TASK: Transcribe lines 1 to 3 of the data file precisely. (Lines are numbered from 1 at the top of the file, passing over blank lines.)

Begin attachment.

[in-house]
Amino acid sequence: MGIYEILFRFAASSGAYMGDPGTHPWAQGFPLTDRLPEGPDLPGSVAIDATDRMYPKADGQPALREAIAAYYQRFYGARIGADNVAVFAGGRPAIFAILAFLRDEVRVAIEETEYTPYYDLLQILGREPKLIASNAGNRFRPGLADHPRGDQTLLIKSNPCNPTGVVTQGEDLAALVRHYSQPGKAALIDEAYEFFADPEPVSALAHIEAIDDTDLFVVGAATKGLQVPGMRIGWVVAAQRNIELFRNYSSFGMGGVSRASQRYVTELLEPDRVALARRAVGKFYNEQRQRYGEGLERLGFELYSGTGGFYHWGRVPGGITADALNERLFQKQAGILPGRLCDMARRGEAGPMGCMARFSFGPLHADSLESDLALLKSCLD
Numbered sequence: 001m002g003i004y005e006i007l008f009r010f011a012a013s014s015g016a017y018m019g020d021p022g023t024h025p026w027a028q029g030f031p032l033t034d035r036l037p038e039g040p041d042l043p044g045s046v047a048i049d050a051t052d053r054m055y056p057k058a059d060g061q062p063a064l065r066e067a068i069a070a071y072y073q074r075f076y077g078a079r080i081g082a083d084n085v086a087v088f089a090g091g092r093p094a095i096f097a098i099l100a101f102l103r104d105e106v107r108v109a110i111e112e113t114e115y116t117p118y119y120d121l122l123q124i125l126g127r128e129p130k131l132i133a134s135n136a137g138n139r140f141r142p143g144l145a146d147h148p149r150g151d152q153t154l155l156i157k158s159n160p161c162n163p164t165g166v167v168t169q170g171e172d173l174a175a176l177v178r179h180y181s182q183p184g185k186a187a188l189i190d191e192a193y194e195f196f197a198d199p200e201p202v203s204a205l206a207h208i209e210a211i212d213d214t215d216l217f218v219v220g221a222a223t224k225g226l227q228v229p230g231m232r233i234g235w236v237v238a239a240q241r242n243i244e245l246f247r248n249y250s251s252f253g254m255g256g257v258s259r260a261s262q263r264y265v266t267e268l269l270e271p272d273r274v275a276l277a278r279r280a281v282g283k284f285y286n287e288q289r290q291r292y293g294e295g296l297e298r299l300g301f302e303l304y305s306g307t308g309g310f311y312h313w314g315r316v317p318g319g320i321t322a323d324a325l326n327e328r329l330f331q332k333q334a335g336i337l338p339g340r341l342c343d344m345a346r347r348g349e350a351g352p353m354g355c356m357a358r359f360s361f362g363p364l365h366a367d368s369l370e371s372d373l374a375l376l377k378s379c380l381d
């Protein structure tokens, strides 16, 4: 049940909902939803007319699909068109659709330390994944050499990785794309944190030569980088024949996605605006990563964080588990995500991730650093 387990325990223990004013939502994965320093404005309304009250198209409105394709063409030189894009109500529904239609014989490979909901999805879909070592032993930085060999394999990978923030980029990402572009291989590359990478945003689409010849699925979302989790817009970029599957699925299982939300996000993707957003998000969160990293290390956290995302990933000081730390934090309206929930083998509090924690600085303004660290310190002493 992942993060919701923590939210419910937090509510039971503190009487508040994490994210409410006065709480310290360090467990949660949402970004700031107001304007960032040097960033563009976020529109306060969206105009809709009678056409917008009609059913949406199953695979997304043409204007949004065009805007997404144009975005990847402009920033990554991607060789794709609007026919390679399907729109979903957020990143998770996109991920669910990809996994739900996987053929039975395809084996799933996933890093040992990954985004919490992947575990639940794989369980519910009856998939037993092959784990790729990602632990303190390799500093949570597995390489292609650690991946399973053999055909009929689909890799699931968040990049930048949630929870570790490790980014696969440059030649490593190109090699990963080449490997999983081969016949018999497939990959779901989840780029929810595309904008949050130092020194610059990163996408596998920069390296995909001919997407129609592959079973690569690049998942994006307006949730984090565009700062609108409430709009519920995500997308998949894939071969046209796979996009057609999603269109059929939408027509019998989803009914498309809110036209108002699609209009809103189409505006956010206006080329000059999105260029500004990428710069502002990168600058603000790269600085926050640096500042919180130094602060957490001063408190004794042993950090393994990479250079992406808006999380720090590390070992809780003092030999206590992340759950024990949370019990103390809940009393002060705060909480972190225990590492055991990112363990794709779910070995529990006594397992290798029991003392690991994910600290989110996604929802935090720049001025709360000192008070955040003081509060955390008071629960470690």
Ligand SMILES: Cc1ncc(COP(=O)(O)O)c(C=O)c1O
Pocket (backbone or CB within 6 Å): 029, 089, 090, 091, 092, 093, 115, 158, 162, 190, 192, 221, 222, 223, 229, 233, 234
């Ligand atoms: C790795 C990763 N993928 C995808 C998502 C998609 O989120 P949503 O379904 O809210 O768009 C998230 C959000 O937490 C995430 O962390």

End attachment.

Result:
[in-house]
Amino acid sequence: MGIYEILFRFAASSGAYMGDPGTHPWAQGFPLTDRLPEGPDLPGSVAIDATDRMYPKADGQPALREAIAAYYQRFYGARIGADNVAVFAGGRPAIFAILAFLRDEVRVAIEETEYTPYYDLLQILGREPKLIASNAGNRFRPGLADHPRGDQTLLIKSNPCNPTGVVTQGEDLAALVRHYSQPGKAALIDEAYEFFADPEPVSALAHIEAIDDTDLFVVGAATKGLQVPGMRIGWVVAAQRNIELFRNYSSFGMGGVSRASQRYVTELLEPDRVALARRAVGKFYNEQRQRYGEGLERLGFELYSGTGGFYHWGRVPGGITADALNERLFQKQAGILPGRLCDMARRGEAGPMGCMARFSFGPLHADSLESDLALLKSCLD
Numbered sequence: 001m002g003i004y005e006i007l008f009r010f011a012a013s014s015g016a017y018m019g020d021p022g023t024h025p026w027a028q029g030f031p032l033t034d035r036l037p038e039g040p041d042l043p044g045s046v047a048i049d050a051t052d053r054m055y056p057k058a059d060g061q062p063a064l065r066e067a068i069a070a071y072y073q074r075f076y077g078a079r080i081g082a083d084n085v086a087v088f089a090g091g092r093p094a095i096f097a098i099l100a101f102l103r104d105e106v107r108v109a110i111e112e113t114e115y116t117p118y119y120d121l122l123q124i125l126g127r128e129p130k131l132i133a134s135n136a137g138n139r140f141r142p143g144l145a146d147h148p149r150g151d152q153t154l155l156i157k158s159n160p161c162n163p164t165g166v167v168t169q170g171e172d173l174a175a176l177v178r179h180y181s182q183p184g185k186a187a188l189i190d191e192a193y194e195f196f197a198d199p200e201p202v203s204a205l206a207h208i209e210a211i212d213d214t215d216l217f218v219v220g221a222a223t224k225g226l227q228v229p230g231m232r233i234g235w236v237v238a239a240q241r242n243i244e245l246f247r248n249y250s251s252f253g254m255g256g257v258s259r260a261s262q263r264y265v266t267e268l269l270e271p272d273r274v275a276l277a278r279r280a281v282g283k284f285y286n287e288q289r290q291r292y293g294e295g296l297e298r299l300g301f302e303l304y305s306g307t308g309g310f311y312h313w314g315r316v317p318g319g320i321t322a323d324a325l326n327e328r329l330f331q332k333q334a335g336i337l338p339g340r341l342c343d344m345a346r347r348g349e350a351g352p353m354g355c356m357a358r359f360s361f362g363p364l365h366a367d368s369l370e371s372d373l374a375l376l377k378s379c380l381d